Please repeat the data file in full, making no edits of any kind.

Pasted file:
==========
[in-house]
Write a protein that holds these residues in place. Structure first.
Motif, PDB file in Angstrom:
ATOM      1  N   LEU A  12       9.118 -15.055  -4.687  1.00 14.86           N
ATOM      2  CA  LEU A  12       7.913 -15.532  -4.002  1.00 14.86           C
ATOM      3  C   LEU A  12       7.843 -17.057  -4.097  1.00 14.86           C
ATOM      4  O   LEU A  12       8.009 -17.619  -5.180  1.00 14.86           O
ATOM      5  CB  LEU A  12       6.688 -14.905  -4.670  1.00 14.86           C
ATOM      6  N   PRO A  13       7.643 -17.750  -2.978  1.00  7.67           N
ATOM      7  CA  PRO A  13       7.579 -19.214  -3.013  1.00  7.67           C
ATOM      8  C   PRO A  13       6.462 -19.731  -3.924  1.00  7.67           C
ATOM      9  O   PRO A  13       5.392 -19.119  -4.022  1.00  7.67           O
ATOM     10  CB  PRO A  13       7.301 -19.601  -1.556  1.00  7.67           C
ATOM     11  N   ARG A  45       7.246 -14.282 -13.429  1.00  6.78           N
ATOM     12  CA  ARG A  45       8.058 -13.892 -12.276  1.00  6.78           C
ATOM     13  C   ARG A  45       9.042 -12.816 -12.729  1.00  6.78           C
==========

[in-house]
Write a protein that holds these residues in place. Structure first.
Motif, PDB file in Angstrom:
ATOM      1  N   LEU A  12       9.118 -15.055  -4.687  1.00 14.86           N
ATOM      2  CA  LEU A  12       7.913 -15.532  -4.002  1.00 14.86           C
ATOM      3  C   LEU A  12       7.843 -17.057  -4.097  1.00 14.86           C
ATOM      4  O   LEU A  12       8.009 -17.619  -5.180  1.00 14.86           O
ATOM      5  CB  LEU A  12       6.688 -14.905  -4.670  1.00 14.86           C
ATOM      6  N   PRO A  13       7.643 -17.750  -2.978  1.00  7.67           N
ATOM      7  CA  PRO A  13       7.579 -19.214  -3.013  1.00  7.67           C
ATOM      8  C   PRO A  13       6.462 -19.731  -3.924  1.00  7.67           C
ATOM      9  O   PRO A  13       5.392 -19.119  -4.022  1.00  7.67           O
ATOM     10  CB  PRO A  13       7.301 -19.601  -1.556  1.00  7.67           C
ATOM     11  N   ARG A  45       7.246 -14.282 -13.429  1.00  6.78           N
ATOM     12  CA  ARG A  45       8.058 -13.892 -12.276  1.00  6.78           C
ATOM     13  C   ARG A  45       9.042 -12.816 -12.729  1.00  6.78           C